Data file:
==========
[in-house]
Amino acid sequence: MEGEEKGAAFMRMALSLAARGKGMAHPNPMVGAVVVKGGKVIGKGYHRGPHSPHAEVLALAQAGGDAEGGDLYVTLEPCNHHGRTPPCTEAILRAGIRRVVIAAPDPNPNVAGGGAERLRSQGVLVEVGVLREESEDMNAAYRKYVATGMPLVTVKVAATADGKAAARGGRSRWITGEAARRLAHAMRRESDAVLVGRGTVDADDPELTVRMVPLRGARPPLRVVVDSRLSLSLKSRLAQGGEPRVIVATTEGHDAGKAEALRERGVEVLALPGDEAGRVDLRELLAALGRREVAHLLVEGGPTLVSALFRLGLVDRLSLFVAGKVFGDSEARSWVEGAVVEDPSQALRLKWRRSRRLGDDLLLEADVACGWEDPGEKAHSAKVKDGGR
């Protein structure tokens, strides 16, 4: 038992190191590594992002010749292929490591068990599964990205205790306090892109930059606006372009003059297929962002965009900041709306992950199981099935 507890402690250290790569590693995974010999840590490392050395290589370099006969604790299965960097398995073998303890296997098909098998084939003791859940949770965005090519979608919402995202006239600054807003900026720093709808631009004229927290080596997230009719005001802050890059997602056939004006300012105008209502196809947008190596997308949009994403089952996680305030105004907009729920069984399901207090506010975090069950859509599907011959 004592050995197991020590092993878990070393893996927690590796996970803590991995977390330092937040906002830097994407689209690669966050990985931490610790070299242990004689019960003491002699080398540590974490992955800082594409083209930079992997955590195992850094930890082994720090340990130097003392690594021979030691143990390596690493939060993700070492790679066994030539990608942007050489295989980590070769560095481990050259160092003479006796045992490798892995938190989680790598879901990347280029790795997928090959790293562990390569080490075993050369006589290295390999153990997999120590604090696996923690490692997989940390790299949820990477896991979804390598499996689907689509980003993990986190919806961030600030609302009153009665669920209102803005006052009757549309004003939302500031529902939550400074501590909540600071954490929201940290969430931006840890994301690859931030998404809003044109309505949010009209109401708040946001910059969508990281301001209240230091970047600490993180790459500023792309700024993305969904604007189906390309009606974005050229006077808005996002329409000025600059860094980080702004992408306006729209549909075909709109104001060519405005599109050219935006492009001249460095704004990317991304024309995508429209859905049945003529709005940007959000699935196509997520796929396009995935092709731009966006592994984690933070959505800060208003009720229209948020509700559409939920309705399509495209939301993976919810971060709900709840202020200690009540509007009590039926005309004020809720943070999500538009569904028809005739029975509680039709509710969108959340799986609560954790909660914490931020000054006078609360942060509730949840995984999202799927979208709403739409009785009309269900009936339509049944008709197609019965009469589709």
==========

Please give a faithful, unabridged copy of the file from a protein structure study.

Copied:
[in-house]
Amino acid sequence: MEGEEKGAAFMRMALSLAARGKGMAHPNPMVGAVVVKGGKVIGKGYHRGPHSPHAEVLALAQAGGDAEGGDLYVTLEPCNHHGRTPPCTEAILRAGIRRVVIAAPDPNPNVAGGGAERLRSQGVLVEVGVLREESEDMNAAYRKYVATGMPLVTVKVAATADGKAAARGGRSRWITGEAARRLAHAMRRESDAVLVGRGTVDADDPELTVRMVPLRGARPPLRVVVDSRLSLSLKSRLAQGGEPRVIVATTEGHDAGKAEALRERGVEVLALPGDEAGRVDLRELLAALGRREVAHLLVEGGPTLVSALFRLGLVDRLSLFVAGKVFGDSEARSWVEGAVVEDPSQALRLKWRRSRRLGDDLLLEADVACGWEDPGEKAHSAKVKDGGR
């Protein structure tokens, strides 16, 4: 038992190191590594992002010749292929490591068990599964990205205790306090892109930059606006372009003059297929962002965009900041709306992950199981099935 507890402690250290790569590693995974010999840590490392050395290589370099006969604790299965960097398995073998303890296997098909098998084939003791859940949770965005090519979608919402995202006239600054807003900026720093709808631009004229927290080596997230009719005001802050890059997602056939004006300012105008209502196809947008190596997308949009994403089952996680305030105004907009729920069984399901207090506010975090069950859509599907011959 004592050995197991020590092993878990070393893996927690590796996970803590991995977390330092937040906002830097994407689209690669966050990985931490610790070299242990004689019960003491002699080398540590974490992955800082594409083209930079992997955590195992850094930890082994720090340990130097003392690594021979030691143990390596690493939060993700070492790679066994030539990608942007050489295989980590070769560095481990050259160092003479006796045992490798892995938190989680790598879901990347280029790795997928090959790293562990390569080490075993050369006589290295390999153990997999120590604090696996923690490692997989940390790299949820990477896991979804390598499996689907689509980003993990986190919806961030600030609302009153009665669920209102803005006052009757549309004003939302500031529902939550400074501590909540600071954490929201940290969430931006840890994301690859931030998404809003044109309505949010009209109401708040946001910059969508990281301001209240230091970047600490993180790459500023792309700024993305969904604007189906390309009606974005050229006077808005996002329409000025600059860094980080702004992408306006729209549909075909709109104001060519405005599109050219935006492009001249460095704004990317991304024309995508429209859905049945003529709005940007959000699935196509997520796929396009995935092709731009966006592994984690933070959505800060208003009720229209948020509700559409939920309705399509495209939301993976919810971060709900709840202020200690009540509007009590039926005309004020809720943070999500538009569904028809005739029975509680039709509710969108959340799986609560954790909660914490931020000054006078609360942060509730949840995984999202799927979208709403739409009785009309269900009936339509049944008709197609019965009469589709």